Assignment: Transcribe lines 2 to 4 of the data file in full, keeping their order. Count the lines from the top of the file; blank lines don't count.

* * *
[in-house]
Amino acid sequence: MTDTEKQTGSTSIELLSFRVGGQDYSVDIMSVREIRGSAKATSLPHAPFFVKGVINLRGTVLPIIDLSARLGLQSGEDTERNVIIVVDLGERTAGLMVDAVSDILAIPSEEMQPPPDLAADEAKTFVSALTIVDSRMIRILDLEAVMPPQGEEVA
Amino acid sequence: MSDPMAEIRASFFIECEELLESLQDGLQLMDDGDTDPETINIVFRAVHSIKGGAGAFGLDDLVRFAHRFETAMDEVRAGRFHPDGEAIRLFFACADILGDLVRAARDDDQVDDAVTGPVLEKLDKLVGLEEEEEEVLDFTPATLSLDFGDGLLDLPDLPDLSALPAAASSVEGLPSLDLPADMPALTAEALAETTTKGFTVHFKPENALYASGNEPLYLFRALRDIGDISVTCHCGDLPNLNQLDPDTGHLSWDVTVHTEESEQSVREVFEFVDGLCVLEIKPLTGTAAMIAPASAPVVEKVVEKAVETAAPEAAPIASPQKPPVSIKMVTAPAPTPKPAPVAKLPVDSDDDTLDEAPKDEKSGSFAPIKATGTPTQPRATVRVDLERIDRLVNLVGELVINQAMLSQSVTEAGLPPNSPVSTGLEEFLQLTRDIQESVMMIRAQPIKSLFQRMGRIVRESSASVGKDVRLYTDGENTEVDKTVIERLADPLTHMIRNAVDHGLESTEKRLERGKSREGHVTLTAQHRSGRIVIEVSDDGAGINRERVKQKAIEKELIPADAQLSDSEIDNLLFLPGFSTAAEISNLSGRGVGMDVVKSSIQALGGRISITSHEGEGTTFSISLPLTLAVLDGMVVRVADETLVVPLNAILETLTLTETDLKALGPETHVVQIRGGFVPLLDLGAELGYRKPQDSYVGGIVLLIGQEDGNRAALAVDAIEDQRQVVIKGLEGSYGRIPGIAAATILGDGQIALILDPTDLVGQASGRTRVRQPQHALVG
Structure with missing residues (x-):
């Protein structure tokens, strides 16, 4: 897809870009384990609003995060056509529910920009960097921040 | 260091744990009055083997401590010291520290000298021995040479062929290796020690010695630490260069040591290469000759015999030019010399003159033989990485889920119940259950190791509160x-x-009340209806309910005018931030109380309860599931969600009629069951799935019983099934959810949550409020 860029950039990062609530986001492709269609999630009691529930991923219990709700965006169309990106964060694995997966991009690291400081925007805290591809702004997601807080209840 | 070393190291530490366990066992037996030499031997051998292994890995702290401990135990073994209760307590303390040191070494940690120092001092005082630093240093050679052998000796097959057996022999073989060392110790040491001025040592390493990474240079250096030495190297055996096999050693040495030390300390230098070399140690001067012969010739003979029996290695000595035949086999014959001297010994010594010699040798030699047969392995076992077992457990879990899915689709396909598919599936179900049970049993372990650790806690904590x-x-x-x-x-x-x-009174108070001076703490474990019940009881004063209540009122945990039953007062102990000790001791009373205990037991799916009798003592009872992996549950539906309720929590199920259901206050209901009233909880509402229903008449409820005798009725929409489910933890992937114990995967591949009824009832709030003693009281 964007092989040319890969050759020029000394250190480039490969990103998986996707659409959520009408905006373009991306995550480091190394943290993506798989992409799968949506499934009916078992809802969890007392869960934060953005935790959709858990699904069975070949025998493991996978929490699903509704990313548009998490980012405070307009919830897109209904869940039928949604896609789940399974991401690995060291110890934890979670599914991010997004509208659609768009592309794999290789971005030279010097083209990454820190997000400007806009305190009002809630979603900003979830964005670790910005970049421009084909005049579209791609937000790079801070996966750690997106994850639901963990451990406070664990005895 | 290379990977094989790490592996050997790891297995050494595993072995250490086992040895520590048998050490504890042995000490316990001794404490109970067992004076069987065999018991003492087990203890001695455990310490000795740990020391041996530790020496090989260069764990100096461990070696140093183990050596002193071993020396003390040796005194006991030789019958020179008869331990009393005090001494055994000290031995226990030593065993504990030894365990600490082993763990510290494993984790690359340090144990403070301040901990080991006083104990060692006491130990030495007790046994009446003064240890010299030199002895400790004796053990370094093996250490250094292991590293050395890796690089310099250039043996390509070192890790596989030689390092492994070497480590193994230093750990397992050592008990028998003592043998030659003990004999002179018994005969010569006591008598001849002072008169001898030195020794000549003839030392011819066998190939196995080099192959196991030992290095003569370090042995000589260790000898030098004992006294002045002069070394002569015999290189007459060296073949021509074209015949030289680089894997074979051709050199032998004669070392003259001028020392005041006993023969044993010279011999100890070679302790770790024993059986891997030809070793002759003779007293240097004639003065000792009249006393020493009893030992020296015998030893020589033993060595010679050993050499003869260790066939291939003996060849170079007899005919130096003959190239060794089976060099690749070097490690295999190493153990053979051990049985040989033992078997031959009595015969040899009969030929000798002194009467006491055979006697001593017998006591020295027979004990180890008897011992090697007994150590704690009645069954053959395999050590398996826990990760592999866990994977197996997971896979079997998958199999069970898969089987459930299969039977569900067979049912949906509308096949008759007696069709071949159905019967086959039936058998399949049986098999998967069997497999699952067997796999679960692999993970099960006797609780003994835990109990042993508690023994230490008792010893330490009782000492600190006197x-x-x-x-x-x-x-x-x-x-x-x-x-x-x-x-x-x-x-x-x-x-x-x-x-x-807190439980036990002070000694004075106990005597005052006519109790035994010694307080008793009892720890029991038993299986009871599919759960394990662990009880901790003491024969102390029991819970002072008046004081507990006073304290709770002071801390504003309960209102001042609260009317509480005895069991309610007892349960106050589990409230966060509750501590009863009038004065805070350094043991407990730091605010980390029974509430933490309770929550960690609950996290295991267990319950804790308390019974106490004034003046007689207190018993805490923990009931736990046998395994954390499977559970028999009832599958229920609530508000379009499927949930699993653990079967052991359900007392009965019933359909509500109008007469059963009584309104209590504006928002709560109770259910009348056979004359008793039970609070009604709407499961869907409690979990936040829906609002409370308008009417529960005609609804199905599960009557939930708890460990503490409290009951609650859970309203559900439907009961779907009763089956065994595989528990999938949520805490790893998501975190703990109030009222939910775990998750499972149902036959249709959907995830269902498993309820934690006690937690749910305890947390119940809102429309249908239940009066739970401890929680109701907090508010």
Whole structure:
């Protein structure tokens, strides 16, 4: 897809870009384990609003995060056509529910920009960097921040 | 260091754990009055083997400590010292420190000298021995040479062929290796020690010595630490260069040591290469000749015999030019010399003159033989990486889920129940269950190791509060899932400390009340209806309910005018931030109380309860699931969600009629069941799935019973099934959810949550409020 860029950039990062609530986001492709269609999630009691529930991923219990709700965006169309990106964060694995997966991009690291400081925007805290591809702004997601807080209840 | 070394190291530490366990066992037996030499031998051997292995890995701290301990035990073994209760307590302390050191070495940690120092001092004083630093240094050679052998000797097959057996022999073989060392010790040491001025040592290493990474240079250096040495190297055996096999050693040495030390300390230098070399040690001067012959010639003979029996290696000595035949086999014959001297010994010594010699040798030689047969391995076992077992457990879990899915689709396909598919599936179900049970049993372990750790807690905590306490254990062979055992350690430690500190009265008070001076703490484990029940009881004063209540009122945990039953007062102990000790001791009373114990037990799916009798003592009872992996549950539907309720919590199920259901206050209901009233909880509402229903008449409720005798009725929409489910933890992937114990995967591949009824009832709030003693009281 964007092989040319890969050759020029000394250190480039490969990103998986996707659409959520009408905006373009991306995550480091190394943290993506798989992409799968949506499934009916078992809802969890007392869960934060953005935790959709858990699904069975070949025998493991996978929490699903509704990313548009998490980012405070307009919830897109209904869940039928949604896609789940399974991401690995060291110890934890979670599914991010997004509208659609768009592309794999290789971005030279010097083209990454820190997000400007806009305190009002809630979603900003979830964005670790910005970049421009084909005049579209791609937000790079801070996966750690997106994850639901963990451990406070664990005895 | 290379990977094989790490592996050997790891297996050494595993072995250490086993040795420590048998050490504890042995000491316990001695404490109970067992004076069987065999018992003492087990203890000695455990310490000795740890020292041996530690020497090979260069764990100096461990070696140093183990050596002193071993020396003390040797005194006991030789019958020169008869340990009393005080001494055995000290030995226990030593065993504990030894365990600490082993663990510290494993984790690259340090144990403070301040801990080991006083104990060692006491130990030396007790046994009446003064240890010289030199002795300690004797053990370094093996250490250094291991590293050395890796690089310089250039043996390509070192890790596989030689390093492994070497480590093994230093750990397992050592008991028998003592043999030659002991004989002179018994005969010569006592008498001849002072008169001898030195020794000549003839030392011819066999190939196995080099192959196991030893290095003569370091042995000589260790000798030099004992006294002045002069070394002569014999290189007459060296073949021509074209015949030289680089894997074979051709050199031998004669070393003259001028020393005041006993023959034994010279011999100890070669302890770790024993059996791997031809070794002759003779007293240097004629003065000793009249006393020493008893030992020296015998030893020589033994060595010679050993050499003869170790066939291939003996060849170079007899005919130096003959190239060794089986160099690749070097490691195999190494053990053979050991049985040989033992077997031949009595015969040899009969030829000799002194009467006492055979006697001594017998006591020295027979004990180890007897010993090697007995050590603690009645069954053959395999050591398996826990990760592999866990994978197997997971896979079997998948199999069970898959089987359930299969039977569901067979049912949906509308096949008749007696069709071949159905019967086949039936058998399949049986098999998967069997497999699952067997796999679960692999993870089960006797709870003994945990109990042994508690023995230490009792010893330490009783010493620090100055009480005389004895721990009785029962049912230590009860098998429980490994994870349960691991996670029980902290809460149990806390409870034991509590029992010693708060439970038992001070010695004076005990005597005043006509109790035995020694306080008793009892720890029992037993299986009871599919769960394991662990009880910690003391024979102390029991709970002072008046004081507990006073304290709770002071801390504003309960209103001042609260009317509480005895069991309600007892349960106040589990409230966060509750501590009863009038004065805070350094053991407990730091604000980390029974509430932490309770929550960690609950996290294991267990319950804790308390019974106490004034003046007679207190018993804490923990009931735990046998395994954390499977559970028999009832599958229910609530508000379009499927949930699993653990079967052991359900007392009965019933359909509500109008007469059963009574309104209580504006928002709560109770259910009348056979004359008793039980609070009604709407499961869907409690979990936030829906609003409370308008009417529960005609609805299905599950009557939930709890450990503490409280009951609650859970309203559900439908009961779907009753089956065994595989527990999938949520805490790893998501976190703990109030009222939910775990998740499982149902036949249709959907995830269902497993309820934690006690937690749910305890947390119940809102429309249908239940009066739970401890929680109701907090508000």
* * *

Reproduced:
Amino acid sequence: MTDTEKQTGSTSIELLSFRVGGQDYSVDIMSVREIRGSAKATSLPHAPFFVKGVINLRGTVLPIIDLSARLGLQSGEDTERNVIIVVDLGERTAGLMVDAVSDILAIPSEEMQPPPDLAADEAKTFVSALTIVDSRMIRILDLEAVMPPQGEEVA
Amino acid sequence: MSDPMAEIRASFFIECEELLESLQDGLQLMDDGDTDPETINIVFRAVHSIKGGAGAFGLDDLVRFAHRFETAMDEVRAGRFHPDGEAIRLFFACADILGDLVRAARDDDQVDDAVTGPVLEKLDKLVGLEEEEEEVLDFTPATLSLDFGDGLLDLPDLPDLSALPAAASSVEGLPSLDLPADMPALTAEALAETTTKGFTVHFKPENALYASGNEPLYLFRALRDIGDISVTCHCGDLPNLNQLDPDTGHLSWDVTVHTEESEQSVREVFEFVDGLCVLEIKPLTGTAAMIAPASAPVVEKVVEKAVETAAPEAAPIASPQKPPVSIKMVTAPAPTPKPAPVAKLPVDSDDDTLDEAPKDEKSGSFAPIKATGTPTQPRATVRVDLERIDRLVNLVGELVINQAMLSQSVTEAGLPPNSPVSTGLEEFLQLTRDIQESVMMIRAQPIKSLFQRMGRIVRESSASVGKDVRLYTDGENTEVDKTVIERLADPLTHMIRNAVDHGLESTEKRLERGKSREGHVTLTAQHRSGRIVIEVSDDGAGINRERVKQKAIEKELIPADAQLSDSEIDNLLFLPGFSTAAEISNLSGRGVGMDVVKSSIQALGGRISITSHEGEGTTFSISLPLTLAVLDGMVVRVADETLVVPLNAILETLTLTETDLKALGPETHVVQIRGGFVPLLDLGAELGYRKPQDSYVGGIVLLIGQEDGNRAALAVDAIEDQRQVVIKGLEGSYGRIPGIAAATILGDGQIALILDPTDLVGQASGRTRVRQPQHALVG
Structure with missing residues (x-):